WeChat’s Time Capsule launch has failed.
That’s what my instincts were telling me. I had seen less and less of the tell-tale blue circle throughout my contacts. So I had 10 different volunteers document how many time capsules they saw per week.
In the 14 days we captured usage declined by 34%. Weekends saw increased activity but during the week time capsule usage is minimal. As each volunteer had over 600 friends (some as many as 1400), there is a minimum of 6000 points of reference for TC creation.
We also surveyed 87 people to see if we could gauge the sentiment towards the Time Capsule feature.
Almost 1 in 3 people surveyed had never heard of the Time Capsule feature.
Of those that had heard of Time Capsules, just over 1 in 3 had created a Time Capsule.
Over half of those surveyed confessed to rarely ever viewing a Time Capsule. With only 10% showing any real interest in the feature itself.
Yet Tencent has a history of releasing features, and just testing and trying changes until it sticks. Mini programs are probably their greatest example of this in action.
When WeChat Mini Programs were released early adoption rates were low. Limited by who could create them and what you could use them for, MPs just did not see much use. Various publications were quick to dismiss their usefulness.
A typical article following the launch of Mini Programs in early 2017.
However online/offline commerce & games should be credited with MPs eventual success. Memberships, discount cards, and point schemes became tremendously easy to use. Tencent’s first game, Jump Jump, spurred their adoption further. Jump Jump was so popular McDonald’s & Nike spent over 5 million RMB to be featured.
With over 1 million active MPs and over 200 million active daily users MPs are undoubtedly a massive success. The majority of users are spending up to 7% of their salary through these apps.
So while WeChat doesn’t always get it right immediately. They do get it right eventually.
What’s next for Time Capsules?
Time Capsules were definitely launched as a response to the growing number of video apps in China. Some of which, have had insanely high adoption rates that stagger belief. Bytedance’s Douyin (TikTok) cemented itself as the definitive video sharing app globally.
While WeChat is not just a chat app it certainly has not been the best platform for brands and KOLs to improve their discoverability. Which is how other apps have been able to grow so rapidly. There is a real demand for platforms in which people can create content to grow their audience quickly.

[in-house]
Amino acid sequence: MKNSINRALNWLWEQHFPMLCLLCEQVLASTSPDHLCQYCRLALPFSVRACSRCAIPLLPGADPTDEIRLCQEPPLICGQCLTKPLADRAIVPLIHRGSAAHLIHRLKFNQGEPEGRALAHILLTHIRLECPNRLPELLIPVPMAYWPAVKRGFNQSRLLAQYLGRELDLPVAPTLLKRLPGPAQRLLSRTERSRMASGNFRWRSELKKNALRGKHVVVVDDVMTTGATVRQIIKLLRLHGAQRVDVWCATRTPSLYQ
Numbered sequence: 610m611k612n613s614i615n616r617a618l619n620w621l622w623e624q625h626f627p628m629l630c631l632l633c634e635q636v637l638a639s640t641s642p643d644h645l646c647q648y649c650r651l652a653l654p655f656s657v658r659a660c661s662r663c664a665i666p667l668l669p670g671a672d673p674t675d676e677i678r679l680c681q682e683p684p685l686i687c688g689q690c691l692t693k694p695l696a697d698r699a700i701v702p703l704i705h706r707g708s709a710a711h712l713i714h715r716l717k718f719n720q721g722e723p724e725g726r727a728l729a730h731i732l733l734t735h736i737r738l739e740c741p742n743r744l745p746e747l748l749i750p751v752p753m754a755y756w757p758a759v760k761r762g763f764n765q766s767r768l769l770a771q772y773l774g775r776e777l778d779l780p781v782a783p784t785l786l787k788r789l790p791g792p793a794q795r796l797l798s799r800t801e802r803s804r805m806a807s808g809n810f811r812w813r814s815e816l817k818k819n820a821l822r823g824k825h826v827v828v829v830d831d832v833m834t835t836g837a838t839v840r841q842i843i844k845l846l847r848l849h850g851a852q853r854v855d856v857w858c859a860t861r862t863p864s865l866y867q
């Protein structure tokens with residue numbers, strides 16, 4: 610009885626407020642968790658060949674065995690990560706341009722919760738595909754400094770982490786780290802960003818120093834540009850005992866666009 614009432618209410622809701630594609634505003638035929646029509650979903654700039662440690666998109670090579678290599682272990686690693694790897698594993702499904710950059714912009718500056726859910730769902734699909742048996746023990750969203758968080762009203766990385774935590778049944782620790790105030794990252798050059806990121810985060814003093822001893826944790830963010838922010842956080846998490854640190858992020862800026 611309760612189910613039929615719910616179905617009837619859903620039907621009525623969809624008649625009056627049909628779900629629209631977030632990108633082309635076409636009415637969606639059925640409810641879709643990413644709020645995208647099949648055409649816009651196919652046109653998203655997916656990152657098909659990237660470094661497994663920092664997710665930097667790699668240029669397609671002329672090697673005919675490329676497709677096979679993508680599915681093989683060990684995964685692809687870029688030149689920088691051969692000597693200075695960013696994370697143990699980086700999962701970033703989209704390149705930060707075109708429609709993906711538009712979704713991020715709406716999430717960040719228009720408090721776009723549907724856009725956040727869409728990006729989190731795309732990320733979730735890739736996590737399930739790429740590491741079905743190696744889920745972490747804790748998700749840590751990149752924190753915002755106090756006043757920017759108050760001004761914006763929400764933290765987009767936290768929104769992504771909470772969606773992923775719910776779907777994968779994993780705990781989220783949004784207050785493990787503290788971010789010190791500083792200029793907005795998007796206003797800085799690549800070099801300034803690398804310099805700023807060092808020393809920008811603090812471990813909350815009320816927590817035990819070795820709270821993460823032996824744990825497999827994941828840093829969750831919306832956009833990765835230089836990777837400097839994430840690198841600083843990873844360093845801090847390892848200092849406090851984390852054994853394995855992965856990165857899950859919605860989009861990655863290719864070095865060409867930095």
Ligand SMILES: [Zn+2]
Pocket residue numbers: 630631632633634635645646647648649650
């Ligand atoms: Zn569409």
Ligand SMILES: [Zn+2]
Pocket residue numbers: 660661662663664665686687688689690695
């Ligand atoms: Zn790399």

We feel that bringing Time Capsules to the forefront (as seen in our mockup below) would definitely help the feature become more popular.
We would like to see Time Capsules become easier to consume in a central feed.
Tencent are always exciting to watch when they innovate. The current limited functionality of Time Capsules are certain to become more feature packed in the future. Tencent has always been interested in Augmented Reality, so I hope to see even more AR functions make their way to WeChat. The Time Capsule feature seems like an ideal home for AR to live within their ecosystem.
Privacy should also be addressed. While conducting the survey people shared concerns about who could see Time Capsules. Some people weren’t even sure where Time Capsules would end up visible. Because the average WeChat user has a mix or private and personal contacts, being able to limit who can view them would help allay these concerns.
Brands too are keen to get in on the action. Hungry for new creative ways to communicate with their audience. To have new ways to grow their presence. Which is why so many of them are looking at the blue ocean possibilities with Douyin.
If privacy, discoverability, and ease of viewing is addressed Time Capsules have a real shot of being disruptive towards other video platforms. Something that I feel is a real possibility.
Time Capsules right now might not be something impressive. Yet I’m convinced in the future they’re going to be something incredible.